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White Matsutake (Tricholoma magnivelare)

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White Matsutake (Tricholoma magnivelare)

14. White Matsutake (Tricholoma magnivelare, previously Armillaria ponderosa): Edible (highly prized in Asia). Likely the same species as the Japanese Tricholoma matsutake, which can sell for $2,000 per kilogram (roughly $1,000 per lb)! The appearance is a rather non-descript (to my non-professional eyes), large, white mushroom. The odor is the key to identification, and it is caused by the production of methyl cinnamate and 1-octen-3-ol… most people just say they smell like Red Hots and dirty socks! Cap size: 2-7.9 inches (5-20 cm), but can get to 13.8 inches (35 cm). Common in Asia and in the Pacific Northwest of North America, but can be found throughout northern North America all the way to the east coast (including Cape Cod). Found growing in forests, thickets, and in pine barrens, under mixed conifers, second-growth Douglas Fir, or under acid-loving (ericaceous) shrubs.

 

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Honey Mushroom (Armillaria mellea)

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Honey Mushroom (Armillaria mellea)

15. Honey Mushroom (Armillaria mellea group): Edible. There are a number of closely related species here known as the Honey Mushrooms, for their color, not their taste. Some consider them a nice substitute for Shiiitake mushrooms. These mushrooms can have a lot of shapes and colors, but there are six relatively constant identifiers: (1) they have a veil (the structure attached to the stalk that originally covered the gills). (2) a tough, fibrous stalk. (3) small, dark hairs on the cap. (4) bitter taste when raw. (5) it grows only on wood, although sometimes the wood is buried under the soil. (6) white to faintly yellow spores, a dusting of white spore dust will be seen on the mushrooms at the bottom of a cluster. Also, the mycelium may glow at night, which can may cause a tree or stump to glow… this is one cause of the phenomenon known as “Fox Fire”. Cap size: 1.2-5.9 inches (3-15 cm). Found almost all around the world. Always found growing on wood, stumps, logs, and even living trees (it can be a parasite to good trees). Found on a wide range of timber, nut, fruit, and garden trees and shrubs.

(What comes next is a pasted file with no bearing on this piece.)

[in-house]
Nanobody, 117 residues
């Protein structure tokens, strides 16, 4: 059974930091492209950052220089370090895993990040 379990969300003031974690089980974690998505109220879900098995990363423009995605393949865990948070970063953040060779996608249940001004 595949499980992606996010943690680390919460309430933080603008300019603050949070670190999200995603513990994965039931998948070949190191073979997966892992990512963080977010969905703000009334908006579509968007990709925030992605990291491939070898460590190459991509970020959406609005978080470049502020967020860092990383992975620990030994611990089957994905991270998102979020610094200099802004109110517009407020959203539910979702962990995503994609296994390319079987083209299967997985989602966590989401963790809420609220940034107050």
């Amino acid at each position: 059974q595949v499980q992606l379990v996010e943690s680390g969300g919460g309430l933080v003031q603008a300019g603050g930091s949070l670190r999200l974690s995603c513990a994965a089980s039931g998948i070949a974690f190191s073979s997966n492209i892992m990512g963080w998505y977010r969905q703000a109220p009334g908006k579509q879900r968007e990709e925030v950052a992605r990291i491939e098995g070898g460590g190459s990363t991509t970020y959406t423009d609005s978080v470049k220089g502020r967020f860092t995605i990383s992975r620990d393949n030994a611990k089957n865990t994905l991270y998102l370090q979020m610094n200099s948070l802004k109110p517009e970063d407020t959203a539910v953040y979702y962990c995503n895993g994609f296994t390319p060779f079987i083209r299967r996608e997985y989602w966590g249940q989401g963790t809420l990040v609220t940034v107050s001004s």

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Fairy Ring or Scotch Bonnet Mushroom (Marasmius oreades)

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Fairy Ring or Scotch Bonnet Mushroom (Marasmius oreades)

16. Fairy Ring or Scotch Bonnet Mushroom (Marasmius oreades): Edible (highly prized in Europe). While often growing in rings in grass, this mushroom doesn’t have to grow in a complete ring. It may grow in an arch (half-ring); also, other mushrooms grow in rings! Interestingly, the outer border of the ring will be filled with lush green grass as the mycelium spreads and helps provide nutrients to the grass; however, on the inside of the ring, the grass will often be growing poorly because the nutrients have all been consumed. This mushroom is a bit harder to identify due to its smaller size and non-unique appearance, but the cap has an umbo (or raised center… hence the name Scotch Bonnet) which will help identify it. Cap size: 0.4-2 inches (1-6 cm), but usually 0.8-1.6 (2-4 cm). Found extensively throughout North America and Europe in Summer and Autumn. Found in grass, lawns, and meadows.

 

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Death Cap (Amanita phalloides)

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Death Cap (Amanita phalloides)

17. Death Cap (Amanita phalloides): Deadly Poisonous. It is taught that every person should be able to identify the Death Cap before they eat any mushroom with gills. So here are the telltale charactersistics: (1) white gills. (2) white spores. (3) partial veil covering the gills, then breaking to form a skirtlike ring or annulus near the top of the stalk. (4) membranous white sack (a.k.a. the “volva”) at the base of the stalk. (5) margin of the cap is not striate. This may sound a bit confusing, but once you see them illustrated in a good guide book, they are easy to identify in nature. Older mushrooms will have a very bad odor (“odor of death”). Interestingly, these mushrooms apparently taste good, but 6-24 hours after ingestion, symptoms can occur and may be deadly. This mushroom is the number one cause of mushroom-related deaths worldwide. Cap: 1.6-6.3 inches (4-16 cm). Found pretty much across the globe, but originating in Europe. Found in woods or grass near trees.